But that’s conjecture based more so if Texas had not entered the bidding war – which turned out to be a one-team race – and he did sign for the biggest in baseball history at the time, so we’ll acknowledge the two-forty big ones.
And boy, would he have been worth it. Fifty-Two, 57, and 47 home runs for his three years in Texas, with RBIs totaling 395 in those years probably would have transposed similarly in New York. Rodriguez would have given the Mets protection for Piazza, and a cushion when Bobby Valentine would have had to sit his All-Star catcher, keeping a potent Met lineup intact.
It would have translated into wins as well. In 2001, the Mets probably would have played better earlier on in the season and possibly won the National League East that season. They only finished six games behind the Braves, so you have to figure A-Rod would have been good for six wins.
Maybe the Mets might have kept Hampton, too. With A-Rod on the team, the surly ace may have stayed in New York on a long term deal, something that would have helped with his career, while keeping the great pitching staff intact.
Nah. Hampton loved those Colorado schools, and the $120 million dollars that went with them. The Mets would never have ponied up that much dough after shelling out for A-Rod.
You see, if the Mets had kept Hampton, the club would not have had a compensation pick for him, which meant they would not have drafted David Wright.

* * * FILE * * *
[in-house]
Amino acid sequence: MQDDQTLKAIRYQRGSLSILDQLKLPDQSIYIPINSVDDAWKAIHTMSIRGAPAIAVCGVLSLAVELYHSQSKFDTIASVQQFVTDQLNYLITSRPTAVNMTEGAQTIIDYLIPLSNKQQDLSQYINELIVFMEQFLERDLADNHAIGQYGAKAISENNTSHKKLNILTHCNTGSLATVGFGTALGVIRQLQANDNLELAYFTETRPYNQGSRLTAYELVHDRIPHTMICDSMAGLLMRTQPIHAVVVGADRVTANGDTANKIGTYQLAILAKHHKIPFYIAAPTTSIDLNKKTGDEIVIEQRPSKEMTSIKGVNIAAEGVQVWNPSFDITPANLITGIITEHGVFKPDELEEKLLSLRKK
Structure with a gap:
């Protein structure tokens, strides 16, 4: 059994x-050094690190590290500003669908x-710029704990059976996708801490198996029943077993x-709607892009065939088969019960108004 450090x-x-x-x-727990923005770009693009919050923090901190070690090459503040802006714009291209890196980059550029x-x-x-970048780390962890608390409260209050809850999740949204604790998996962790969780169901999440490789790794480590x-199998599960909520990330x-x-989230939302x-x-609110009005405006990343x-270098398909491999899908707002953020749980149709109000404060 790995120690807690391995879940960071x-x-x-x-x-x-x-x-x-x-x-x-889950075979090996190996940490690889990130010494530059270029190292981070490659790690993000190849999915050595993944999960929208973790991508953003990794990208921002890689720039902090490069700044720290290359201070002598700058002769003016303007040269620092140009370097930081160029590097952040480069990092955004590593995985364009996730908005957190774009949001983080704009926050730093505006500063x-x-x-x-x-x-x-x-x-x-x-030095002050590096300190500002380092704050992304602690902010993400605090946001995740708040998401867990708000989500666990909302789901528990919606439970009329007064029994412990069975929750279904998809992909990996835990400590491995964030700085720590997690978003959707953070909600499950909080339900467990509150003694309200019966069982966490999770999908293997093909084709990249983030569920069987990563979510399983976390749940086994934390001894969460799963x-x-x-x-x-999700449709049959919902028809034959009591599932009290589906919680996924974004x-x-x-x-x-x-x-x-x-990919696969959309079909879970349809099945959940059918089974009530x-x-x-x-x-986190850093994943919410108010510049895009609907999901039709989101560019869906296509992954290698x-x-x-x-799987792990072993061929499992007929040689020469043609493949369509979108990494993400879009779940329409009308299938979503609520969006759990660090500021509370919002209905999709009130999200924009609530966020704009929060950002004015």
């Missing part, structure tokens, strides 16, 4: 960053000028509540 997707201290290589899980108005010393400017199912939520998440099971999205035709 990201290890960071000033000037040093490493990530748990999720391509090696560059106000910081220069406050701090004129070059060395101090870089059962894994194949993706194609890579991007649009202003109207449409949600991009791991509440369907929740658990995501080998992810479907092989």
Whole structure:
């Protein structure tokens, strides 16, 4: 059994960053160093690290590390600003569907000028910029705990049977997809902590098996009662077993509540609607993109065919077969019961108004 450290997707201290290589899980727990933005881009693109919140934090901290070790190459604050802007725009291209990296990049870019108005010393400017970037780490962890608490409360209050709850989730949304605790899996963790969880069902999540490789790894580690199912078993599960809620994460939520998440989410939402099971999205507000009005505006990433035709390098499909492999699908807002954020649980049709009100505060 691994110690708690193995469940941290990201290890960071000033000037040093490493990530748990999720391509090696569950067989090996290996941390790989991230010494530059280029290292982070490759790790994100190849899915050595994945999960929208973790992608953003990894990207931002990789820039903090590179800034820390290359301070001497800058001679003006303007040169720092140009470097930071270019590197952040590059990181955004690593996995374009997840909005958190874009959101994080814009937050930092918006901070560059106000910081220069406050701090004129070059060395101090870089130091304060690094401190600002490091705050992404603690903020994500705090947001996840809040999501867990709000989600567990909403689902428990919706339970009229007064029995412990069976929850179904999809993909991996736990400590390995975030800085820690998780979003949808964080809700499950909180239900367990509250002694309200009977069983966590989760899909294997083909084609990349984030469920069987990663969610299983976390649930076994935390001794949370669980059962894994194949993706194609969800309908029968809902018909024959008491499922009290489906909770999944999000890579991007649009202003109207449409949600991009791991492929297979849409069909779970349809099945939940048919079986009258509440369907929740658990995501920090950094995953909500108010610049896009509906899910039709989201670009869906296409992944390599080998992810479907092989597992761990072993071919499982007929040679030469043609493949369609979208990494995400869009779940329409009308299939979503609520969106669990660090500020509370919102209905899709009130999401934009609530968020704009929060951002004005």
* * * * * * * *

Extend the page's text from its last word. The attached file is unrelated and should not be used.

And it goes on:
If the Mets won the East in 2001, they possibly would have faced the Yankees again in the World Series. They very well could have won with this team, giving the team another World Series. But remember, A-Rod does occasionally choke in the post-season.
No matter what happened in that post-season, this much is pretty certain: The great purge in 2002 when the Mets traded for a number of questionable superstars – in name only – would not have happened. No Mo Vaughn. No Roberto Alomar, and No Jeromy Burnitz. (I can see the tears now from everyone.) And Bobby Valentine would probably not have been fired after the 2002 season, meaning no Art Howe, and Cliff Floyd and Tom Glavine do not sign here.
Instead, the Mets would have been trying to keep the same team together. Edgardo Alfonzo would probably have left after the 2002 season, but the Mets would have replaced him with their top infield prospect, Jose Reyes, who may have eventually forced A-Rod to move to third base after Robin Ventura left in 2002.